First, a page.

Comparative Analysis of Some Techniques in the Biological Reclamation of Crude Oil Polluted Agricultural Soils in Nigeria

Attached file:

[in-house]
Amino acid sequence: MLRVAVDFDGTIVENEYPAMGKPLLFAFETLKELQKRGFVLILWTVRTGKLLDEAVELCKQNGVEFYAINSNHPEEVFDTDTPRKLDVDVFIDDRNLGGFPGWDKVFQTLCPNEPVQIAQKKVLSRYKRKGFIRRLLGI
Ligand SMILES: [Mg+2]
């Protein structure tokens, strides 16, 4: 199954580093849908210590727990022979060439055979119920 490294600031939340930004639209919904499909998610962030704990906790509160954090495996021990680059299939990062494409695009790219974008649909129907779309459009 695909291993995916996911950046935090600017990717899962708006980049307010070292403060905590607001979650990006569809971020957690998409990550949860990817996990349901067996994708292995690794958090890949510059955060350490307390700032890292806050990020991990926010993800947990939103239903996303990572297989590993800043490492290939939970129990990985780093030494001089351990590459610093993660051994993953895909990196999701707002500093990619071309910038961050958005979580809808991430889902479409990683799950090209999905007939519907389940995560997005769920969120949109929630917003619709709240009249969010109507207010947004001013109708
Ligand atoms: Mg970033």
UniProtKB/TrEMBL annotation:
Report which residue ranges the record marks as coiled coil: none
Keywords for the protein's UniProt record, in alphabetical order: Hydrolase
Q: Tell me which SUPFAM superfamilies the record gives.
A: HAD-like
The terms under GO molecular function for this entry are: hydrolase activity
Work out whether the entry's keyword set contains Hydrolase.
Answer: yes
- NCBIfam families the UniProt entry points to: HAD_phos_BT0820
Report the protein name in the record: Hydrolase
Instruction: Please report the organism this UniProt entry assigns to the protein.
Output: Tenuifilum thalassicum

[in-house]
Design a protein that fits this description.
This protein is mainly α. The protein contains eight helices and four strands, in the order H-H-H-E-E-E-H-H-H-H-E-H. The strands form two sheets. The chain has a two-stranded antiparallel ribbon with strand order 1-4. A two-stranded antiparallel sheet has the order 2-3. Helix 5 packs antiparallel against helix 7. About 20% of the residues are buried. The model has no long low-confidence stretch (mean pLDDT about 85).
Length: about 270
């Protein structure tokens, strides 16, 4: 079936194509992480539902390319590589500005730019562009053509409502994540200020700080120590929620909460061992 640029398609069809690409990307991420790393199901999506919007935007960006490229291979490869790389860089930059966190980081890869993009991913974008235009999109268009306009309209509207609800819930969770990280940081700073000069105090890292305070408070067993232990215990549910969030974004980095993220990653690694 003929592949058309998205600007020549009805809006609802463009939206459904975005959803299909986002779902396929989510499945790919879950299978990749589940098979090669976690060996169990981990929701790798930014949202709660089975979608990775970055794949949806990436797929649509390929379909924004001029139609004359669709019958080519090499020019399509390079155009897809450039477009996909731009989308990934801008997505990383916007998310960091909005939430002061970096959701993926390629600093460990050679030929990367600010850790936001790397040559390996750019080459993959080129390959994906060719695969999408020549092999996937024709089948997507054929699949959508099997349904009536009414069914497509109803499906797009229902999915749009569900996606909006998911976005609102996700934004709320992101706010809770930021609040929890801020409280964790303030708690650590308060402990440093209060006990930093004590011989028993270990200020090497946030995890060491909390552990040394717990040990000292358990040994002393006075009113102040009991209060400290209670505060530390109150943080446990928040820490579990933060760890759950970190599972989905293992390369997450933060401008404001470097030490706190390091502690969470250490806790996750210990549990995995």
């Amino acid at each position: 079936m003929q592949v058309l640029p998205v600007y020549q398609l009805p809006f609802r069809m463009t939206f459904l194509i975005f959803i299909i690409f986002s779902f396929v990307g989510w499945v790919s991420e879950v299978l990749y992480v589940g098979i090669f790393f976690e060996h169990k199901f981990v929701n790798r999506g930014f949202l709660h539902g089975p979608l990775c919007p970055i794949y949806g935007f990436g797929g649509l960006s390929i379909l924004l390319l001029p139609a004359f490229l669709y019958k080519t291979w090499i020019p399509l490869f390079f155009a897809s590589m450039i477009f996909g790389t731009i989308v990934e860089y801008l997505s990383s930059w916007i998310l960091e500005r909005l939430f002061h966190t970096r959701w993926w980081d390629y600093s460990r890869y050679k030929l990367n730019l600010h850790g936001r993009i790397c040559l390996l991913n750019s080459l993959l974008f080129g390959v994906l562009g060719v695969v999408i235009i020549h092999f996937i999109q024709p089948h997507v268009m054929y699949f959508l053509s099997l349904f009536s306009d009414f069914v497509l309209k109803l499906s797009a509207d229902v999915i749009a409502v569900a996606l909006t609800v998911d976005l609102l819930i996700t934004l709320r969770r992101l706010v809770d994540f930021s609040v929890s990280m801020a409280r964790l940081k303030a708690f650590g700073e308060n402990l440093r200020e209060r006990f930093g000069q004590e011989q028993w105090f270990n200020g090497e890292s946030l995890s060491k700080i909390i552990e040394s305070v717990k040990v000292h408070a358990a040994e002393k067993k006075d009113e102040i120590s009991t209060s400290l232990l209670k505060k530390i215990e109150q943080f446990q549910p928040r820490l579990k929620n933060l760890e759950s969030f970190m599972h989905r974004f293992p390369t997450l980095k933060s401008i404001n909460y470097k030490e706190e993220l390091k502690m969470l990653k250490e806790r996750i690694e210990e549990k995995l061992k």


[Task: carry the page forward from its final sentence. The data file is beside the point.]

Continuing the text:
Replicate field cells involving some techniques aimed at enhancing the bioremediation of crude oil polluted agricultural soils were used in a comparative study to determine the factors and environmental conditions that could optimize the bioremediation process on crude oil polluted soils in Nigeria. The treatment techniques involved the application of different levels of: nutrient, water, oxygen exposure, and the combined effect of different levels of oxygen, water and nutrient. These formed four options, A, B, C and D. Options E and F were Phytoremediation (using corn and elephant grass) and Biopile treatments respectively. The experiments involved the simulation of conditions of a major spill by pouring crude oil on the cells from perforated cans and the in-situ bioremediation of the polluted soils using the techniques that consisted in the manipulation of different variables within the soil environment. The analysis of soil characteristics after a six-week remediation period indicated that the total heterotrophic bacterial counts increased in all treatment options while the organic carbon and total hydrocarbon content (THC) of the soils decreased with time across the various options. Option C (involving different levels of oxygen exposure) produced the highest hydrocarbon loss of 94% while Option E (phytoremediation using corn and grass) recorded the lowest level of hydrocarbon loss (51%). The THC losses recorded in the other options, which involved different levels of: nutrient application, water application; the combined effect of varying oxygen, water and nutrients and the use of biopiles ranged from 67% to 91%. Option A (the application of different levels of nutrients) had a hydrocarbon loss of 78%, Option B (involving different levels of water application) recorded a 67% hydrocarbon loss, the combined effect of different levels of oxygen, water and nutrients (Option D) recorded a hydrocarbon loss of 91% while the use of biopiles (Option E) had a hydrocarbon loss of 51%. These results were quite different from the control site which had an increased THC level (14 316 - 14 580 mg kg-1) during the study period. The results of the study revealed that different levels of oxygen exposure, water and nutrient application induced different biodegradation rates with the implication that an accelerated bioremediation with the best biodegradation rates could be achieved when polluted soils are remedied with techniques that maintain optimum levels of these factors.